Ringgold’s story quilts are some of the most influential artworks of the past fifty years. Drawing on both personal autobiography and collective histories, the story quilts point to larger social conditions and cultural transformations—from the Harlem Renaissance to the realities of Ringgold’s life as a working mother, artist, and activist. This retrospective includes a wide range of Ringgold’s quilts, including formative pieces created with her mother, important early series like The Bitter Nest and Change, selections from other notable bodies of work including The American Collection and Coming to Jones Road, and, in a landmark display, the first complete presentation of her series, The French Collection, in nearly twenty-five years.

The exhibition catalogue, co-published with Phaidon, will be the most significant collection of scholarship on Ringgold’s work to date, with contributions by curators, writers, and artists across generations, including Amiri Baraka, Diedrick Brackens, LeRonn Brooks, Julia Bryan-Wilson, Jordan Casteel, Bridget Cooks, Massimiliano Gioni, Mark Godfrey, Lucy Lippard, Tschabalala Self, Michele Wallace, and Zoé Whitley.

In summer 2022, Faith Ringgold: American People will make its West Coast debut at the de Young museum.

Faith Ringgold: American People is curated by Massimiliano Gioni, Edlis Neeson Artistic Director, and Gary Carrion-Murayari, Kraus Family Curator, with Madeline Weisburg, Curatorial Assistant.

In celebration of Faith Ringgold’s exhibition, the New Museum’s department of Education and Public Engagement is pleased to host a suite of in-person and virtual programming. There will be several virtual tours on Instagram, starting on February 23 with exhibition co-curator Gary Carrion-Murayari. Public Programming will include several panel discussions that expand and explore critical themes in Ringgold’s work. A series titled “On Faith” will gather artists, scholars, curators, and writers to consider the relationship between Faith Ringgold and Harlem, matrilineal art histories, and younger artists. There will also be a special Tour and Workshop for Educators in March, and a Family Day in May.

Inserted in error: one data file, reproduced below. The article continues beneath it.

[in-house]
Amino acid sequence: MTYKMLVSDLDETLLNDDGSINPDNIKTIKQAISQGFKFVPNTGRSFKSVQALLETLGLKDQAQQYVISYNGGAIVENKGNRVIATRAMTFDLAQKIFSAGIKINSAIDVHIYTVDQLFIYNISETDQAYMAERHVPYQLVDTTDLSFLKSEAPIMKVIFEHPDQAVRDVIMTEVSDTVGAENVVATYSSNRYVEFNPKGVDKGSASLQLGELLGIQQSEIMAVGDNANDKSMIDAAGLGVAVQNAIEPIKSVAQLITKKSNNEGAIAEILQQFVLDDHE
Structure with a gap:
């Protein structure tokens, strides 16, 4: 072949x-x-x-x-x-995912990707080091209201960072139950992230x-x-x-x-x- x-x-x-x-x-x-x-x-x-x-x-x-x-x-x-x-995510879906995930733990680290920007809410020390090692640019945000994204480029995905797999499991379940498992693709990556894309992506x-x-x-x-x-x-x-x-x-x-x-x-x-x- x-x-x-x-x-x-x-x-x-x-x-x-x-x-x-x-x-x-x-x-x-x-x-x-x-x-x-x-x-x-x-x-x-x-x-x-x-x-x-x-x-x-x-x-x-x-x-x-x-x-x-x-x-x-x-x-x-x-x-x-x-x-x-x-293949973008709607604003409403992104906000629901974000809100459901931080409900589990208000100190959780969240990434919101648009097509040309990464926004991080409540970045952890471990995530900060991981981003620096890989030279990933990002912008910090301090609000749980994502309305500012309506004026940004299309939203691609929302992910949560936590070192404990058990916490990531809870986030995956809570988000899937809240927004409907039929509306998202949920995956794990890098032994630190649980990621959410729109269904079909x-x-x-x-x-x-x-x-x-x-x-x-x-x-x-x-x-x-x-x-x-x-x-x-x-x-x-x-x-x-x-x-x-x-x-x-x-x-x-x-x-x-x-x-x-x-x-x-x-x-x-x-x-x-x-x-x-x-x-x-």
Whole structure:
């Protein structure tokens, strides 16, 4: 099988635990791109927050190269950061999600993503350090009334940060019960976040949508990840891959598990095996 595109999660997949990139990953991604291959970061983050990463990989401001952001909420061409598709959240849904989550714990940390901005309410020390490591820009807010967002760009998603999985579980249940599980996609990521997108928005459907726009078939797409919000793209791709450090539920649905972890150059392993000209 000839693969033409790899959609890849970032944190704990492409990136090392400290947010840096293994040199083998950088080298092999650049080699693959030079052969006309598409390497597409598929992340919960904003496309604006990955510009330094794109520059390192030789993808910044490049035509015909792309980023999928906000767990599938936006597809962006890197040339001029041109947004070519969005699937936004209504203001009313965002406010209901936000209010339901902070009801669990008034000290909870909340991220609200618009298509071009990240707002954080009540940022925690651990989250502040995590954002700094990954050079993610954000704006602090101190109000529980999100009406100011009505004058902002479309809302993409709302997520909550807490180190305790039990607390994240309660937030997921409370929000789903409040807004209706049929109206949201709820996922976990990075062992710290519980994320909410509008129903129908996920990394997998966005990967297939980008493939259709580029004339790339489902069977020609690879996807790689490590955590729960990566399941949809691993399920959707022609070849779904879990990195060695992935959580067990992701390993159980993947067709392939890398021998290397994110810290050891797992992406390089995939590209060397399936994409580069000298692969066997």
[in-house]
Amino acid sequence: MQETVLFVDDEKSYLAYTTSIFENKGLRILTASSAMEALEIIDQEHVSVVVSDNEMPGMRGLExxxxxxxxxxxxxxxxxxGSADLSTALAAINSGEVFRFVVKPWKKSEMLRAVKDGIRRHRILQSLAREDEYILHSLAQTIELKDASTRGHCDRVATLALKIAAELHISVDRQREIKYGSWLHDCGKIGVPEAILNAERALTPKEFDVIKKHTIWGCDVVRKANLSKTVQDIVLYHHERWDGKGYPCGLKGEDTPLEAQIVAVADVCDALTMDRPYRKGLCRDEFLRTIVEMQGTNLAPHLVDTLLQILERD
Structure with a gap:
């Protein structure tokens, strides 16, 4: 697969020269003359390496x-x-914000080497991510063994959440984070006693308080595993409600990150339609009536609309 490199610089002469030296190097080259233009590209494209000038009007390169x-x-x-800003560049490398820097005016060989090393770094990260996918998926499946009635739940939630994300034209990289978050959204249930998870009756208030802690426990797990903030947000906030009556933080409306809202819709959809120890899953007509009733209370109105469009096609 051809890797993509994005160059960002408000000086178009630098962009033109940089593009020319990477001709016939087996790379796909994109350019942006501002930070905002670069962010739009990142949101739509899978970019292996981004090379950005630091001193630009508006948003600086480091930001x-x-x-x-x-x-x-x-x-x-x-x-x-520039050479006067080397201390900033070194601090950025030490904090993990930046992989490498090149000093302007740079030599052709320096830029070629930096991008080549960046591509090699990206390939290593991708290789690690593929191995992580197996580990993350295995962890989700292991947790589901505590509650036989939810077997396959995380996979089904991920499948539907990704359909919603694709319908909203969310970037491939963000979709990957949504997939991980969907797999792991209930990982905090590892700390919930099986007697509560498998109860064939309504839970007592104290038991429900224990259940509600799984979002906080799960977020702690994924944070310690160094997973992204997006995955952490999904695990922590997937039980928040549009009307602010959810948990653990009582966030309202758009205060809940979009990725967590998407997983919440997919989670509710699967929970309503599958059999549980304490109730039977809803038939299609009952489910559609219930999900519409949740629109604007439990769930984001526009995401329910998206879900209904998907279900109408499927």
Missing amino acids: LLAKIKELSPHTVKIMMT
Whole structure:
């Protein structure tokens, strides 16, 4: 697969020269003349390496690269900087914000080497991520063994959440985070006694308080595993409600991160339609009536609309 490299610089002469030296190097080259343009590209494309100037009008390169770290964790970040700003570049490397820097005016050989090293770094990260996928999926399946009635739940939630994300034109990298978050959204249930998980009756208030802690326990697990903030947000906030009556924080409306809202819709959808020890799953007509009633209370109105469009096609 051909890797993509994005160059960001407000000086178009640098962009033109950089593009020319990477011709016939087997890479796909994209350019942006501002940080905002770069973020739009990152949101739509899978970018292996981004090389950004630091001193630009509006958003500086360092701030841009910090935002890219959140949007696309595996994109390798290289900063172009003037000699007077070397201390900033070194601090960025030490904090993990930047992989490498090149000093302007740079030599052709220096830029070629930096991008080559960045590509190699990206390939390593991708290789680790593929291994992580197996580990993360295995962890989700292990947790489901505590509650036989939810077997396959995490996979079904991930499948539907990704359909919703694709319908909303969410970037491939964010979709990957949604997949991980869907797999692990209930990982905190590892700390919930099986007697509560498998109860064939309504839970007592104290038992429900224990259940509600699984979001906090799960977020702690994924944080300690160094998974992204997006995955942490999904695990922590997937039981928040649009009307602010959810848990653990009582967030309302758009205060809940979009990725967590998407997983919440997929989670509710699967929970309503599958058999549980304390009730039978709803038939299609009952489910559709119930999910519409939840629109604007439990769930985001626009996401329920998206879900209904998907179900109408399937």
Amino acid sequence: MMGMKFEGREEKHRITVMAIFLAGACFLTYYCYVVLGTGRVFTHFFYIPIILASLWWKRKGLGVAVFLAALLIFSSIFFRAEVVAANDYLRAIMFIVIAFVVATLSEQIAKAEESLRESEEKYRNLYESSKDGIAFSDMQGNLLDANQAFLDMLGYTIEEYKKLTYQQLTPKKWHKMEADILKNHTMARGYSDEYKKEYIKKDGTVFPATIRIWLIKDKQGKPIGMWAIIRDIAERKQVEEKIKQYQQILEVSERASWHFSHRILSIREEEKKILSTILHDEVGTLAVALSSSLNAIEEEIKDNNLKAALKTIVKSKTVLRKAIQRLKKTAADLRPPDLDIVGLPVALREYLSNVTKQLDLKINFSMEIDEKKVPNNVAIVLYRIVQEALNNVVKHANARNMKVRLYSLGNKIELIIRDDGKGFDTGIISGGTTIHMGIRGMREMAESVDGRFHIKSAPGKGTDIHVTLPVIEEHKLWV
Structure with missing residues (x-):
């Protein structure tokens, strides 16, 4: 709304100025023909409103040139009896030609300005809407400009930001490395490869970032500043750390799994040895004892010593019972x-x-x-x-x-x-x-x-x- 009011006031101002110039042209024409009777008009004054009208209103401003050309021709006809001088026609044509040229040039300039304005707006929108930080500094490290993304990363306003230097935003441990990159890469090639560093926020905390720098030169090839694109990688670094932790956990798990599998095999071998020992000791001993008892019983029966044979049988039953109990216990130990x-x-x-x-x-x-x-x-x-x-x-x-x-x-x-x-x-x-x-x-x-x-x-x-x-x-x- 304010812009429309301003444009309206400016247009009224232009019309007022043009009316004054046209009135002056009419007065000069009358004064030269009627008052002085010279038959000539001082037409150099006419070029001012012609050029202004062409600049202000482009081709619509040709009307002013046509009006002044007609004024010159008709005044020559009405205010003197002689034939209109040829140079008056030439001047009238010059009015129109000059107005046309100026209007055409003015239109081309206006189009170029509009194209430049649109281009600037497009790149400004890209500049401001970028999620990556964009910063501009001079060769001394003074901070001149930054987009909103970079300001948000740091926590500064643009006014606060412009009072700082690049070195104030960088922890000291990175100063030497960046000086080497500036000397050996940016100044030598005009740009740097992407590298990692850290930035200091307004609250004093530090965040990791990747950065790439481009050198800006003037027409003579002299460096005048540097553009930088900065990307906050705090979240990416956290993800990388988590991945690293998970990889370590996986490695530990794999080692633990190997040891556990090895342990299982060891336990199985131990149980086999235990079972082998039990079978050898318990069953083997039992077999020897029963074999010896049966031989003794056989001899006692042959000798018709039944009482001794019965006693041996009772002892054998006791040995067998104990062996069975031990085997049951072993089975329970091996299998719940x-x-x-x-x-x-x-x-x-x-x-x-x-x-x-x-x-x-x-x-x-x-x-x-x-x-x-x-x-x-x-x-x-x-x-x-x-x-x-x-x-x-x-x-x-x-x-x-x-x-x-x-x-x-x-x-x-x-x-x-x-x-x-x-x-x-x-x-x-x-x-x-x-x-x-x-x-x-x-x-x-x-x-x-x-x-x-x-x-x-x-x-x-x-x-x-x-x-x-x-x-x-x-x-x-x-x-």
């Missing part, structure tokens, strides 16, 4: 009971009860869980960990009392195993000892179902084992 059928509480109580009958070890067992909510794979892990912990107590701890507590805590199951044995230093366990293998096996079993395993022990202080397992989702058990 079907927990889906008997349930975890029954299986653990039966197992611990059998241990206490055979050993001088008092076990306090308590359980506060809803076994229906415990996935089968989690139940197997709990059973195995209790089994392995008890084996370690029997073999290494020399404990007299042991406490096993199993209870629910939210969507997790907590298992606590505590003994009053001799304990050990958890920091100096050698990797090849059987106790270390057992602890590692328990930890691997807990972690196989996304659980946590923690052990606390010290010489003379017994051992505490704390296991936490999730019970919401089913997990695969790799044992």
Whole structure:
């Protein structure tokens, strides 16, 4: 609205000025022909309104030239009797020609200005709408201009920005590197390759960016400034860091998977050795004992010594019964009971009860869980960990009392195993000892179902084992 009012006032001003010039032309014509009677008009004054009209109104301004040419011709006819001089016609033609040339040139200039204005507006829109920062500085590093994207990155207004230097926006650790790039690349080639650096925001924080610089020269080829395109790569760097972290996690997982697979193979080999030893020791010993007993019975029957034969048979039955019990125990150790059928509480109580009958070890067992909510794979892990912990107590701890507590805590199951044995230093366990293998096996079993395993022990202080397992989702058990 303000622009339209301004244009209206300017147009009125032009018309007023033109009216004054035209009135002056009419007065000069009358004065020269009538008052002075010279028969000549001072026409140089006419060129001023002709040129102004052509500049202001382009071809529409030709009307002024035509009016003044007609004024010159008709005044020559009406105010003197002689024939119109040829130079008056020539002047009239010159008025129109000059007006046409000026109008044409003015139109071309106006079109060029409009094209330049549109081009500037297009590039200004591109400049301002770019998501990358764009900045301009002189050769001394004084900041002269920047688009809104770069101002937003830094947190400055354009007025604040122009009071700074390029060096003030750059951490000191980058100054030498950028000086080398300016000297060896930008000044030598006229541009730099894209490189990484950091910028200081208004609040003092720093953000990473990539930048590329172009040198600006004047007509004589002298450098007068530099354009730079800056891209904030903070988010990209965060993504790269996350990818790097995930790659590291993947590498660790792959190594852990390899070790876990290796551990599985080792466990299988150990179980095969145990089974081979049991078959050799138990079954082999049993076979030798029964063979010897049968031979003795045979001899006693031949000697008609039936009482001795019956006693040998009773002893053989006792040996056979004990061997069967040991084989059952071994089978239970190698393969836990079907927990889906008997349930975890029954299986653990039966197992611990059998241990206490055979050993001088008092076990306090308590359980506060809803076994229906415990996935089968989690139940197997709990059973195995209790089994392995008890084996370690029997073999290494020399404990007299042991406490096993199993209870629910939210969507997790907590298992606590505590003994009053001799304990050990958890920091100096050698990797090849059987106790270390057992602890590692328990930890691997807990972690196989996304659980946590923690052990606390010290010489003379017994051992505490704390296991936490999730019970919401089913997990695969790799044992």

Also on view at the New Museum is Daniel Lie: Unnamed Entitiesa new commission by Indonesian-Brazilian artist Daniel Lie (b. 1988, São Paulo, Brazil), and the artist’s first solo exhibition in the United States. Since 2010, Lie has been using organic materials to create largescale pieces that simultaneously grow and decay. Unnamed Entities (2022) is an expansive installation created specifically for the Museum’s Lobby Gallery. The work incorporates traditional terracotta ceramic vases, jute hemp fabric, natural fiber ropes, straw hay bales, mud with spores and seeds, and thousands of cut flowers. These materials will evolve and transmutate throughout the exhibition as they rot, mold, sprout, and change shapes and hues in unpredictable ways. Daniel Lie: Unnamed Entities is curated by Bernardo Mosqueira, ISLAA Curatorial Fellow.

Joining these exhibitions is Screen Series: Patricia Domínguezpresenting three recent video works by the Chilean artist Patricia Domínguez that bring together the artist’s experimental research on ethnobotany, curative practices, mysticism, and the corporatization of wellbeing. Curated by Madeline Weisburg, Curatorial Assistant.

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February 15, 2022